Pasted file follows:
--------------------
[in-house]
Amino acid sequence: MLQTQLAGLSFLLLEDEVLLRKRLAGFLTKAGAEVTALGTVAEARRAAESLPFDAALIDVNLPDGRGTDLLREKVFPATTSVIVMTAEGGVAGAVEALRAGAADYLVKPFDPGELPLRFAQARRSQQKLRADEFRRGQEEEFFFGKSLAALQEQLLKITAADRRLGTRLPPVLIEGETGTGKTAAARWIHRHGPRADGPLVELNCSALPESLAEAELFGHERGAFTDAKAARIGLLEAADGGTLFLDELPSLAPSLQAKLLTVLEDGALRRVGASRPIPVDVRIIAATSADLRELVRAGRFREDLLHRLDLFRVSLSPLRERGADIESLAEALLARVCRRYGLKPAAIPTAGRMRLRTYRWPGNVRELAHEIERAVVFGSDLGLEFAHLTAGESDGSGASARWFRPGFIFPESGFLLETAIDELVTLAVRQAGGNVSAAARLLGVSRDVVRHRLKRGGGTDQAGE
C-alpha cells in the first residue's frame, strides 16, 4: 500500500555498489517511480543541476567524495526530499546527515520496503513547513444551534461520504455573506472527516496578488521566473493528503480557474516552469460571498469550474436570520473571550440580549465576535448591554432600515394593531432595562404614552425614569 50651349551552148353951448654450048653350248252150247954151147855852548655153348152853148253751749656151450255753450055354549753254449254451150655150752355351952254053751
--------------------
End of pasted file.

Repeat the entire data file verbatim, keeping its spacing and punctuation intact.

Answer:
[in-house]
Amino acid sequence: MLQTQLAGLSFLLLEDEVLLRKRLAGFLTKAGAEVTALGTVAEARRAAESLPFDAALIDVNLPDGRGTDLLREKVFPATTSVIVMTAEGGVAGAVEALRAGAADYLVKPFDPGELPLRFAQARRSQQKLRADEFRRGQEEEFFFGKSLAALQEQLLKITAADRRLGTRLPPVLIEGETGTGKTAAARWIHRHGPRADGPLVELNCSALPESLAEAELFGHERGAFTDAKAARIGLLEAADGGTLFLDELPSLAPSLQAKLLTVLEDGALRRVGASRPIPVDVRIIAATSADLRELVRAGRFREDLLHRLDLFRVSLSPLRERGADIESLAEALLARVCRRYGLKPAAIPTAGRMRLRTYRWPGNVRELAHEIERAVVFGSDLGLEFAHLTAGESDGSGASARWFRPGFIFPESGFLLETAIDELVTLAVRQAGGNVSAAARLLGVSRDVVRHRLKRGGGTDQAGE
C-alpha cells in the first residue's frame, strides 16, 4: 500500500555498489517511480543541476567524495526530499546527515520496503513547513444551534461520504455573506472527516496578488521566473493528503480557474516552469460571498469550474436570520473571550440580549465576535448591554432600515394593531432595562404614552425614569 50651349551552148353951448654450048653350248252150247954151147855852548655153348152853148253751749656151450255753450055354549753254449254451150655150752355351952254053751